15 Tips from 15 Host Moms

by cv harquail on January 5, 2009

brungrrl s chistmas mosaic Cruising through the comments and wincing at the many that I haven’t answered adequately, I was reminded how many little tidbits you all have been sharing on the blog.

It can be overwhelming to provide advice for a knotty problem, or for a first timer, because there really is so much to share. Funny thing is that, when you just look at a list of tips, you can take or leave whatever works for you. So consider this advice from other host moms.

Here in no particular order, are 15 Tips from 15 Host Moms.

  • Don’t assume that an au pair’s age tells you much about her level of maturity. Angie

  • Figure that every year you will have to fix at least a couple hundred dollars in additional damage to the house done by the au-pair, whether it’s towels left at the pool, scrapes on the car, or things they break in the house. Dartha

  • I spend a lot of time especially when au pairs arrive reading local newspaper, Internet to find free or inexpensive cultural and social events, concerts and outings they can go on with their friends. Ann

  • For when your au pair arrives, have a simple “Welcome” sign, maybe drawn by the kids (even if they just scribble on the paper), some flowers, a clean fresh room and maybe a “shampoo-soap-welcome-basket”. Sunnyvah

  • In terms of expenses, we run on a “reimbursement system” – I ask the AP to pay for work-related (child-related) expenses up front out of her own pocket, which I repay her at the end of every week, by adding on to her stipend check. She logs these expenses daily in our au pair notebook. I find that asking them to pay up front makes them more budget conscious. Ann

  • We fixed a little goody basket for our new au pair, which included a mug from Starbucks, which has our locale printed on it and a gift card so she could go out for coffee/tea (and get addicted to the “typical American” brand which is now located worldwide!) Cynthia

  • Every Sunday, I give her a written weekly timeline schedule and a separate sheet with a list of duties for the week. I verbally go over everything as well to make sure nothing gets lost in translation. Angie

  • I started posting weekly schedules on the fridge with notes/chores for each day. I also wrote ‘timelines’ for morning and afternoon routines for her and it seems to be working. I started doing timelines because she had a hard time getting my 4 year old moving fast enough to make sure they get out of the house on time. Maya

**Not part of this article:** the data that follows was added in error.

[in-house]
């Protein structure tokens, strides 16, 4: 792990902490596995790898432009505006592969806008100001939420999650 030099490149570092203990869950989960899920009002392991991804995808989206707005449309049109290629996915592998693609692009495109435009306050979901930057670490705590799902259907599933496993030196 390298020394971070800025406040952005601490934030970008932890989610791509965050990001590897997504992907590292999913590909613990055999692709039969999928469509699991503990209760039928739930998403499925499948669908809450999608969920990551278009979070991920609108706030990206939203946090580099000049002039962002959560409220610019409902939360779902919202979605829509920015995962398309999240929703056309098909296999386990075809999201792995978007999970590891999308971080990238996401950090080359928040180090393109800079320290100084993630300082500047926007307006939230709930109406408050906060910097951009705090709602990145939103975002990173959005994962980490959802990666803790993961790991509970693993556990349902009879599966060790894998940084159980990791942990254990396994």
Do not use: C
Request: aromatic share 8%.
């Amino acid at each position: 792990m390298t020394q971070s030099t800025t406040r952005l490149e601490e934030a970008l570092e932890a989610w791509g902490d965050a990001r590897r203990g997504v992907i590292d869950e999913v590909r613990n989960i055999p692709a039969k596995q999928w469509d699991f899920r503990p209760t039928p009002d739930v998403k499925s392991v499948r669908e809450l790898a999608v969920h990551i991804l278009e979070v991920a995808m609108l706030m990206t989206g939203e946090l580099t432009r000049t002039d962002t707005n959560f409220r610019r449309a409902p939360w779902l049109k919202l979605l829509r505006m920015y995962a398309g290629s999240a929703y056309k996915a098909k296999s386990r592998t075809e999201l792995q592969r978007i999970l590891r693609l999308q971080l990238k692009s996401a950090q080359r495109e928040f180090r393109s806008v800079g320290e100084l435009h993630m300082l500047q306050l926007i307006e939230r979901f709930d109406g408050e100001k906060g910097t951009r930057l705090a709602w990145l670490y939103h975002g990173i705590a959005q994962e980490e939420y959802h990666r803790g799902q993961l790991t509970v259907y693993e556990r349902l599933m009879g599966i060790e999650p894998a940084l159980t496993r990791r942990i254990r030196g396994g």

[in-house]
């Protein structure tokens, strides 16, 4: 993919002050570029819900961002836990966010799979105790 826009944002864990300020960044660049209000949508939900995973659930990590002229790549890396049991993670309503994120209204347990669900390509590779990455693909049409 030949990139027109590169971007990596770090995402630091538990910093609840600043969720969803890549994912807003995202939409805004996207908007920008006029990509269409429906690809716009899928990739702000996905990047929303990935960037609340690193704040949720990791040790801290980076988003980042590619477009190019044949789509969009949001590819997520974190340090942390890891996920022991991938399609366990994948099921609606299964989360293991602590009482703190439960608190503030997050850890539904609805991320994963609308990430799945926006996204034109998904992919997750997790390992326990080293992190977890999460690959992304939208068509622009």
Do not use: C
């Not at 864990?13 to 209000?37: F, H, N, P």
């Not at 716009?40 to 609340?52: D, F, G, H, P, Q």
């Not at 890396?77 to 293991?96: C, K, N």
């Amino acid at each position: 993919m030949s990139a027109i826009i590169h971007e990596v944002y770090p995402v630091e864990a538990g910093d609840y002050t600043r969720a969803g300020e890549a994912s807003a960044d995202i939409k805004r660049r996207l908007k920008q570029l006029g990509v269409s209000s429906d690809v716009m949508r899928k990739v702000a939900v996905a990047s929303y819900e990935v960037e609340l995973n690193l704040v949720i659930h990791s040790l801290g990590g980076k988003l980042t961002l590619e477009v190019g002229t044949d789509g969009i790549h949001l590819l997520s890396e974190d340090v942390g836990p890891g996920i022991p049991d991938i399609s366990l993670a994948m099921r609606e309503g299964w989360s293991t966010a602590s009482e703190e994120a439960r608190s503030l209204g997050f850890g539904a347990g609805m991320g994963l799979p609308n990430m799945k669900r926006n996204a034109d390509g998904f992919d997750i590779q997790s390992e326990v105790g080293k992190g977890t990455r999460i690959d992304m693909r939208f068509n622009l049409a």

kid in snow

  • Dispel the myth that host families should cover an au pair’s personal gas use! C

  • Realize that the more you give, depending on the au pair’s personality, the more they expect. Angie


  • My tip as an former au pair: Tell your au pair what you expect her to pay for (gas, food, magazines, … ) right at the beginning. It´s easier and everything you give after that is much more appreciated afterwards. Sunnyvah

  • I put a $20 per week limit on our au pair’s food purchases (food that we didn’t ordinarily have in the house) because she would buy all kinds of expensive things when doing the food shopping. Jessica

  • Never again with a princess! Give me a hard working blue collar gal who really wants to learn as much as she can and appreciates that we are not slave drivers, even if we don’t have a perfect house or a luxury car for her to drive. DC Host Mom

Tips About Rematch:

  • Try hard not to experience rematch personally as a failure.
  • Don’t rely on phone conversations — try to meet face-to-face.
  • Be willing to compromise on one or more of your “whatever else, our next AP WILL be able to …..” criteria.
  • Take categories such as “swims, cooks, drives” with a grain of salt.    Been there, have hope
  • When looking at rematch candidates, know that your LCC may have more information than you are provided. Ask your LCC about the information that other families have provided about the candidate and also what any perspective au pair’s current LCC says about her, but be prepared to read between the lines – what is written may be put very tactfully and may be subtle. akc

Do these tips prompt any insights? Or remind you of any other ‘random’ tips? If so, please share in the comments!


a.s. March 1, 2009 at 12:51 am

When you happen to overhear your au-pair reprimanding your child for some reason, do not interrupt saying differently even if you don’t agree 100%. If you did not like how she reacted, you can tell her when the kids aren’t around. The support of host parents is really important to have the kids respect their au-pair.

Aupair :o) January 6, 2012 at 5:11 am

@a.s.: thank you, that’s a very good point. it happend to me last time, when I tried to tell my hostchild something, which I thought it was wrong and she started crying.. then my hostmum came and said, aawww honey you didn’t do anything wrong.. I was a little shocked, because I wanted to finish my talking and telling my hostchild what was going on and why I was saying that..
well, my hostmum didn’t let me finish, so my hostchild came back later and said: you are not the boss right- mummy is..
so I thought oh great, how can my hostchild respect me, if my hostmum goes behind my back.. she could have told me later if she didn’t like what I did.
It’s totally ok if she tells me and I would be glad. But just not in front of the kids please, because the kids will not have enough respect of the Aupair.

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